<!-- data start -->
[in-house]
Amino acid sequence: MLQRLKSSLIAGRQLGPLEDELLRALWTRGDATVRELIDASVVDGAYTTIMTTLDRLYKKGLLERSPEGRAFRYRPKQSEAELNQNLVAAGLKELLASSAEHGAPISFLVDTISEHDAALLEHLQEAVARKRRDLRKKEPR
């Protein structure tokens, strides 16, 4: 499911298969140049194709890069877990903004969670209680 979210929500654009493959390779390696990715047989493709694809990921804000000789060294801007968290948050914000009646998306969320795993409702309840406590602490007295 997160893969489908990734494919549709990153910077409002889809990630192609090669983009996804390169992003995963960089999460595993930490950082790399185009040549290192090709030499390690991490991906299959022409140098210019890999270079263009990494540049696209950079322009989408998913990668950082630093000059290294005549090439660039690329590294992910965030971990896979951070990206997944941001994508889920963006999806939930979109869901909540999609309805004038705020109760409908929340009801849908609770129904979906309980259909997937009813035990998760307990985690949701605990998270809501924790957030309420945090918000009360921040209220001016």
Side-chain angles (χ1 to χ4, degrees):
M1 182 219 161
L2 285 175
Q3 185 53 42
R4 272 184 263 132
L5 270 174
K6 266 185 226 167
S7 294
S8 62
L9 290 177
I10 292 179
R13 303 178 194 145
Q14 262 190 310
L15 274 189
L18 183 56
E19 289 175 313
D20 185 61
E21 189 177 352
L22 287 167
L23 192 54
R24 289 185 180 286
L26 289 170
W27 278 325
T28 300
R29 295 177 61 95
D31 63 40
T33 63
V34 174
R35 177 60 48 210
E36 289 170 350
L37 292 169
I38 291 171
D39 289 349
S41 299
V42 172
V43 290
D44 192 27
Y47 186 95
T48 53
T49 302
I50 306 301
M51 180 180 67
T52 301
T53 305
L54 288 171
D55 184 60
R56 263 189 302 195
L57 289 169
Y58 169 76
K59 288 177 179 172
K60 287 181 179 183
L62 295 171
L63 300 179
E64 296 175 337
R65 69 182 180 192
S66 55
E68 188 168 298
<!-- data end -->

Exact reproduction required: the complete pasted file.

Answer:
[in-house]
Amino acid sequence: MLQRLKSSLIAGRQLGPLEDELLRALWTRGDATVRELIDASVVDGAYTTIMTTLDRLYKKGLLERSPEGRAFRYRPKQSEAELNQNLVAAGLKELLASSAEHGAPISFLVDTISEHDAALLEHLQEAVARKRRDLRKKEPR
């Protein structure tokens, strides 16, 4: 499911298969140049194709890069877990903004969670209680 979210929500654009493959390779390696990715047989493709694809990921804000000789060294801007968290948050914000009646998306969320795993409702309840406590602490007295 997160893969489908990734494919549709990153910077409002889809990630192609090669983009996804390169992003995963960089999460595993930490950082790399185009040549290192090709030499390690991490991906299959022409140098210019890999270079263009990494540049696209950079322009989408998913990668950082630093000059290294005549090439660039690329590294992910965030971990896979951070990206997944941001994508889920963006999806939930979109869901909540999609309805004038705020109760409908929340009801849908609770129904979906309980259909997937009813035990998760307990985690949701605990998270809501924790957030309420945090918000009360921040209220001016």
Side-chain angles (χ1 to χ4, degrees):
M1 182 219 161
L2 285 175
Q3 185 53 42
R4 272 184 263 132
L5 270 174
K6 266 185 226 167
S7 294
S8 62
L9 290 177
I10 292 179
R13 303 178 194 145
Q14 262 190 310
L15 274 189
L18 183 56
E19 289 175 313
D20 185 61
E21 189 177 352
L22 287 167
L23 192 54
R24 289 185 180 286
L26 289 170
W27 278 325
T28 300
R29 295 177 61 95
D31 63 40
T33 63
V34 174
R35 177 60 48 210
E36 289 170 350
L37 292 169
I38 291 171
D39 289 349
S41 299
V42 172
V43 290
D44 192 27
Y47 186 95
T48 53
T49 302
I50 306 301
M51 180 180 67
T52 301
T53 305
L54 288 171
D55 184 60
R56 263 189 302 195
L57 289 169
Y58 169 76
K59 288 177 179 172
K60 287 181 179 183
L62 295 171
L63 300 179
E64 296 175 337
R65 69 182 180 192
S66 55
E68 188 168 298